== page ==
The Johnsons’ oldest daughter, 15-year-old Zoey, couldn’t fathom why everyone was so worked up about the situation. Dre lost his cool when she casually explained that all of her friends use the N-word all the time, including her white friends. Jack should be able to say it all he wants, the exasperated Dre declared. But Zoey’s white friends? Never!

Dre later told Jack he is free to use the word, but he should hold off until he learns the history of it.

All of the conversations among the various Johnsons were smart, funny and insightful and made clear how different generations of African Americans regard the word today, particularly kids, teens and Millennials, many of whom simply don’t understand the history of it and treat it as just another thing to say. For them, it has been stripped of its hateful power. For their grandparents that simply isn’t the case. For their parents – the generation in-between – it’s a tough issue to manage, like so many others these days.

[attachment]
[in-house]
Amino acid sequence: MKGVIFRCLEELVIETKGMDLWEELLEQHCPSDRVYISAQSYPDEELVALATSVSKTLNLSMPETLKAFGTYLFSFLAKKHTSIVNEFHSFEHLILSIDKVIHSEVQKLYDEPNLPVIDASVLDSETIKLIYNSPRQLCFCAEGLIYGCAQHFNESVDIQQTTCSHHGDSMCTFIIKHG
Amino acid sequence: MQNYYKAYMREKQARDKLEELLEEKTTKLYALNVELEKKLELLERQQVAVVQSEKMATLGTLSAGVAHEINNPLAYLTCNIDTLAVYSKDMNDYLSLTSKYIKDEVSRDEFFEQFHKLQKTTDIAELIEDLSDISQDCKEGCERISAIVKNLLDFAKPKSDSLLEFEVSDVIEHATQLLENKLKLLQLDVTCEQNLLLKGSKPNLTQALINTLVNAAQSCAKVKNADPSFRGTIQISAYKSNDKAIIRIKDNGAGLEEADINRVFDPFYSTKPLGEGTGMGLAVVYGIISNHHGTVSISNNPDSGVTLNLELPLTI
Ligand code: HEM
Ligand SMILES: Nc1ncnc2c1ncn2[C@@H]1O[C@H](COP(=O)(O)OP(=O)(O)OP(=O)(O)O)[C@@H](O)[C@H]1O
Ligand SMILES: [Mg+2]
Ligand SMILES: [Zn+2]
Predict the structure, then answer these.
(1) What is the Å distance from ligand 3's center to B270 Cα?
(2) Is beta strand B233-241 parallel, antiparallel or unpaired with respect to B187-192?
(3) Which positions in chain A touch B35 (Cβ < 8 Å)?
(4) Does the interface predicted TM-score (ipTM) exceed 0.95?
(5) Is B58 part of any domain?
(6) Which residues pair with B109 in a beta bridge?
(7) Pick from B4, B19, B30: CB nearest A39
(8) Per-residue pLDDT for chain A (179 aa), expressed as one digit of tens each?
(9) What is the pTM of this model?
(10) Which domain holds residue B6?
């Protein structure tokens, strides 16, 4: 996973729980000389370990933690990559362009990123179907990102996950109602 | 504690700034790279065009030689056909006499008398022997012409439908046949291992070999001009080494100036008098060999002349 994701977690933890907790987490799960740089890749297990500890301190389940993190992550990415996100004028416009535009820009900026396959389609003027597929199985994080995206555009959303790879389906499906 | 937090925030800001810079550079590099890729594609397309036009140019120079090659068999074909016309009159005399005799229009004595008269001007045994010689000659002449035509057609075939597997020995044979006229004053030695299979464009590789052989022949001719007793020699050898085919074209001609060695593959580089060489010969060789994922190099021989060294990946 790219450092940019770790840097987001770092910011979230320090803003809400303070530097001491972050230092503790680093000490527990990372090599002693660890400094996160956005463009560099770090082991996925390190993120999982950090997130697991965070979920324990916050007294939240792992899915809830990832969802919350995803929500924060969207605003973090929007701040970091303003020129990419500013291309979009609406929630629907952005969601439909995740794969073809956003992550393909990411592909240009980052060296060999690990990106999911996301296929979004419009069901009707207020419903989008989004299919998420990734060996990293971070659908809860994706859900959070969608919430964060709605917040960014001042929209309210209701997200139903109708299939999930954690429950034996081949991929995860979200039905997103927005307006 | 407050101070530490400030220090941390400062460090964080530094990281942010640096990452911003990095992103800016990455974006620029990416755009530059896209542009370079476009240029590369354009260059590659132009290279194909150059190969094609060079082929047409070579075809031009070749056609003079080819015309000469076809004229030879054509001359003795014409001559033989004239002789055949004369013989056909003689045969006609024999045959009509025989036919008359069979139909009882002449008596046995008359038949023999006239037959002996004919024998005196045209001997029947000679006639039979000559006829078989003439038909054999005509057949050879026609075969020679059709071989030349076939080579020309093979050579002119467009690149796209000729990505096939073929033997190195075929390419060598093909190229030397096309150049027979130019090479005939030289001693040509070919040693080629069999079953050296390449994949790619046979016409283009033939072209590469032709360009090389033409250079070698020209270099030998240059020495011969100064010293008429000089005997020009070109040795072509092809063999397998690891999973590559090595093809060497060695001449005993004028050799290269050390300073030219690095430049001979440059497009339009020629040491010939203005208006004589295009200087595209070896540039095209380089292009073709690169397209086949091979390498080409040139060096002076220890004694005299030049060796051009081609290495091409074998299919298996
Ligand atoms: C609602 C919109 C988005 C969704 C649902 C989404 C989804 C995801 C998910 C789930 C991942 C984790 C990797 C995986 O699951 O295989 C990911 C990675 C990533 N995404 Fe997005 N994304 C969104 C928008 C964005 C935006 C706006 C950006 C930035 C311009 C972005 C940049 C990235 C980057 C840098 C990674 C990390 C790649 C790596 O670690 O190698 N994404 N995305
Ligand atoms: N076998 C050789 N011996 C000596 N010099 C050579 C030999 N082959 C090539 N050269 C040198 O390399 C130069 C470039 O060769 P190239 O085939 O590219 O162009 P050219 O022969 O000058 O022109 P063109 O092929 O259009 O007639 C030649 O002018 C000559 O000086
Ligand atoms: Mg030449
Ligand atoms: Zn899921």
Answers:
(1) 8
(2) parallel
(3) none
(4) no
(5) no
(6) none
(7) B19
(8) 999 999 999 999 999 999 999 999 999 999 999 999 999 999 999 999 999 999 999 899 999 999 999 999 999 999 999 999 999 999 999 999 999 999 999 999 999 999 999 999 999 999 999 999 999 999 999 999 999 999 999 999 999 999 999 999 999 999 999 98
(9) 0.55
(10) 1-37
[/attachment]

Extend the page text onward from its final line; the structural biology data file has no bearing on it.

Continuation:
The details were different, but these were exactly the kind of exchanges the Bunkers and their neighbors the Jeffersons engaged in decades ago. (Carroll O'Connor as Archie Bunker and Sherman Hemsley as George Jefferson, left)

ABC chose to beep the word whenever it was mentioned in the episode. There has been some discussion as to whether the network should have done that or not.

When I watched it recently, I immediately flashed back to the first time I could recall actually hearing the N-word on television, in an instance when it was express

ed with true contempt. That happened in an episode of All in the Family titled “Lionel’s Engagement” that first aired on February 9, 1974 when one character spat the word at another. It was not the character you might think – and CBS did not beep the word! (When retro channel Antenna TV repeats the episode it doesn’t beep the word, either.)

In that episode -- which laid the foundation for the eventual All in the Family spin-off The Jeffersons -- Lionel Jefferson announced that he is engaged to a girl named Jenny Willis. Accordingly, Lionel’s parents, George and Louise, throw a party to celebrate.

When Louise tells George that she has invited Edith and Archie Bunker to the soiree, George – known at the time All in the Family first ran as the “black bigot” on the show – comes unglued. “That honky ain’t comin’ to no party I’m throwin,’” he growls. Louise makes it clear to George that the Bunkers will be welcome at the party. (When push came to shove, Louise often had the same control over George that Edith had over Archie.)